White-faced Ibis – Kansas

The Great Bend area of central Kansas is a wonderful place to go to see an abundance of white-faced ibis on their northward migration.

 

Coming in to land

Coming in to land

 

On my visits during late-April to early-May (2013 and 2014), I saw plenty of these birds, and often at close ranges.

 

Ibis and avocets

Ibis and avocets

 

Many of these birds were foraging in the shallowly inundated stalks of last year’s crop of fire-weed (Kochia scoparia) while others were feeding on nearby mudflats.  Both groups seemed to be content with the habitat conditions.

 

White-faced ibis

White-faced ibis

 

On the occasions when a flock would flush, they generally would circle or drift with the wind and settle in for a landing within a distance of 200 to 300 yards or so.  In addition, other birds were crossing the marsh at flight altitudes of 20 to 50 yards.  One could almost wear out the optics of a pair of binoculars just by watching these birds.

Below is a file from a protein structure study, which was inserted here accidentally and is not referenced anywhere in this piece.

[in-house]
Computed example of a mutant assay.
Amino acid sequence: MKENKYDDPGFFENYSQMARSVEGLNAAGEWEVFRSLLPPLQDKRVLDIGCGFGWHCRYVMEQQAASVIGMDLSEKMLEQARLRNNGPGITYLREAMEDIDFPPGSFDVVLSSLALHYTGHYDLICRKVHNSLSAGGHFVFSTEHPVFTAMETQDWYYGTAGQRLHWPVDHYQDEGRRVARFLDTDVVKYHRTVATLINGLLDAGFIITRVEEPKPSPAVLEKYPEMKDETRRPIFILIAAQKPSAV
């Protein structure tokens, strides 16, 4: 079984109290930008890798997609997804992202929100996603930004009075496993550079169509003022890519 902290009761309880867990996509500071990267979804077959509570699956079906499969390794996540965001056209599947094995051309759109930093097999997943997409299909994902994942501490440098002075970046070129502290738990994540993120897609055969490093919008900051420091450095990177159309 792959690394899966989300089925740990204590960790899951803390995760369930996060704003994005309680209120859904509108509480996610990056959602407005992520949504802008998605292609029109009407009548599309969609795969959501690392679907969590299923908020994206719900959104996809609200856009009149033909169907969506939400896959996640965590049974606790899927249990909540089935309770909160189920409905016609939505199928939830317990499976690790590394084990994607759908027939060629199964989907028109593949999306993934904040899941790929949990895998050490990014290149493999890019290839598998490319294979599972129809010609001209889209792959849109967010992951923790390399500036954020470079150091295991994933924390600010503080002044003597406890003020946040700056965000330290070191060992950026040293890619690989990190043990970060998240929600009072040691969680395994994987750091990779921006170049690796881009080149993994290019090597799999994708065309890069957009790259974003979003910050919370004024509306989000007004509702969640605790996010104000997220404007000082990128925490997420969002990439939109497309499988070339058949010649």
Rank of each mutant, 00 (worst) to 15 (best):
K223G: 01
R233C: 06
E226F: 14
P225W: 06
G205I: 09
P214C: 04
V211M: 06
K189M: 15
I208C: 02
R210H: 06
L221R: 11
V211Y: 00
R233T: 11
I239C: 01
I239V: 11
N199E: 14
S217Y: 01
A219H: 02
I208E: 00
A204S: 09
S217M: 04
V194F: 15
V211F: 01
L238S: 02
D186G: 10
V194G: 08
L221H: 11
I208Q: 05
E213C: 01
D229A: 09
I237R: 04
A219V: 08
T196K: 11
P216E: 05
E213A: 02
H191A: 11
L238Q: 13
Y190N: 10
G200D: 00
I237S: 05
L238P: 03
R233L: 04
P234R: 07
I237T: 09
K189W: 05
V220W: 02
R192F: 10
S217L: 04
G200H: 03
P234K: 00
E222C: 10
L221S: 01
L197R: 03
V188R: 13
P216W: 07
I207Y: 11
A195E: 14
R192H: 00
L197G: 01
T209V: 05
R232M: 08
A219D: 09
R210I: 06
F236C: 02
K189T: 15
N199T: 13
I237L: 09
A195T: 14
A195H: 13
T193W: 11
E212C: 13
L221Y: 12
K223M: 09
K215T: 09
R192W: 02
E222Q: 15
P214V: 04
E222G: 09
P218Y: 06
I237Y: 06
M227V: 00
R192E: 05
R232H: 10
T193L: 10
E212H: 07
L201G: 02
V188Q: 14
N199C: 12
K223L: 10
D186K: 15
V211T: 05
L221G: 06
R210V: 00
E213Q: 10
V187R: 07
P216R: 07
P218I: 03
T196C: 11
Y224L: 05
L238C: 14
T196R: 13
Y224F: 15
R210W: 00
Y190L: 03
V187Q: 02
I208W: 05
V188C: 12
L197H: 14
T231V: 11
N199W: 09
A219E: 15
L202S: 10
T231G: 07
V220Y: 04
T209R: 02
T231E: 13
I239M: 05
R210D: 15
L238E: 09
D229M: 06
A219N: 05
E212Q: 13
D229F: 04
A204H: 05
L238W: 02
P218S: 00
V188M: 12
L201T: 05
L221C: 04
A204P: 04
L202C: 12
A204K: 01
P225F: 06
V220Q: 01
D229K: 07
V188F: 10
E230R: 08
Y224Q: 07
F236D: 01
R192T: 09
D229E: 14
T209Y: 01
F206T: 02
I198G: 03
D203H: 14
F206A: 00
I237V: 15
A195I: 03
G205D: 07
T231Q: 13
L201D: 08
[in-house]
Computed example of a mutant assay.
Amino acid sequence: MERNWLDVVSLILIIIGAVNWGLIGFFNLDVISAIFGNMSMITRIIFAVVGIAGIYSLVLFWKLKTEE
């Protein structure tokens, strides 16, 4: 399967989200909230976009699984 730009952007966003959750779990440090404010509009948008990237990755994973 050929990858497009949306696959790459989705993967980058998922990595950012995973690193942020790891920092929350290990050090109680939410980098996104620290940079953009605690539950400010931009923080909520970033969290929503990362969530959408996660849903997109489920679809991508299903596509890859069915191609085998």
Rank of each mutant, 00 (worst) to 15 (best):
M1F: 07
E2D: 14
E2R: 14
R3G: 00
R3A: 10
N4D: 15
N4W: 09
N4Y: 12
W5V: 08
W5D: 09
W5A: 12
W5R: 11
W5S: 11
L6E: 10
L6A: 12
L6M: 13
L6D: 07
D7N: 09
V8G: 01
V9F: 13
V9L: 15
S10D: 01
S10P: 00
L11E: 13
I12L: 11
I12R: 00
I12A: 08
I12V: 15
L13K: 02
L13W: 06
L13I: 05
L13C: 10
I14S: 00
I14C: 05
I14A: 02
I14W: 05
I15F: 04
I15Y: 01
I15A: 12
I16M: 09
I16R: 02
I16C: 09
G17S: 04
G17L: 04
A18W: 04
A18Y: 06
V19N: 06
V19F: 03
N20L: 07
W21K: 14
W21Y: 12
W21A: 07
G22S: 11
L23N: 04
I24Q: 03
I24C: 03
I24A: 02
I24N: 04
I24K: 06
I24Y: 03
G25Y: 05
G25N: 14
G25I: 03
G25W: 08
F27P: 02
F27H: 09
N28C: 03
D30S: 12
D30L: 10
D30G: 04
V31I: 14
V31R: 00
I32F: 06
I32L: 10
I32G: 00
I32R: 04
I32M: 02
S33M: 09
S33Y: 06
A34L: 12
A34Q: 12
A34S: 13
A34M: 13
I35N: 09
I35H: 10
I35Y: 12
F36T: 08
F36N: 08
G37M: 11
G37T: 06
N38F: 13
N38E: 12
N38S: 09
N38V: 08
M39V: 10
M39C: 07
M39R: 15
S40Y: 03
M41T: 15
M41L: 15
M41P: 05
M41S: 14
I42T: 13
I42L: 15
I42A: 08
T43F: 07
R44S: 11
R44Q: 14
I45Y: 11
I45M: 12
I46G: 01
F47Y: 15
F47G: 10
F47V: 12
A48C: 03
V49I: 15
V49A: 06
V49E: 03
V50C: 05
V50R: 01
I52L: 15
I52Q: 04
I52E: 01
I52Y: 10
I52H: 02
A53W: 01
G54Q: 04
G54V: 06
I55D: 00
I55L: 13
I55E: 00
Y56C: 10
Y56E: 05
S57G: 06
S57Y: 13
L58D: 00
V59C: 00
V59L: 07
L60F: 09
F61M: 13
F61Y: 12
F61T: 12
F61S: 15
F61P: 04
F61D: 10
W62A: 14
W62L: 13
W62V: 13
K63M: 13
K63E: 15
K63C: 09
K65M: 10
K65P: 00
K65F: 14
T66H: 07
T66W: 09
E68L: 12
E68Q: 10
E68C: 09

Flock of white-faced ibis

Flock of white-faced ibis

 

 

Given the numbers of these birds that were present, it seems that the crayfish, tadpole, and minnow populations must have had a banner year to support so many ibis.

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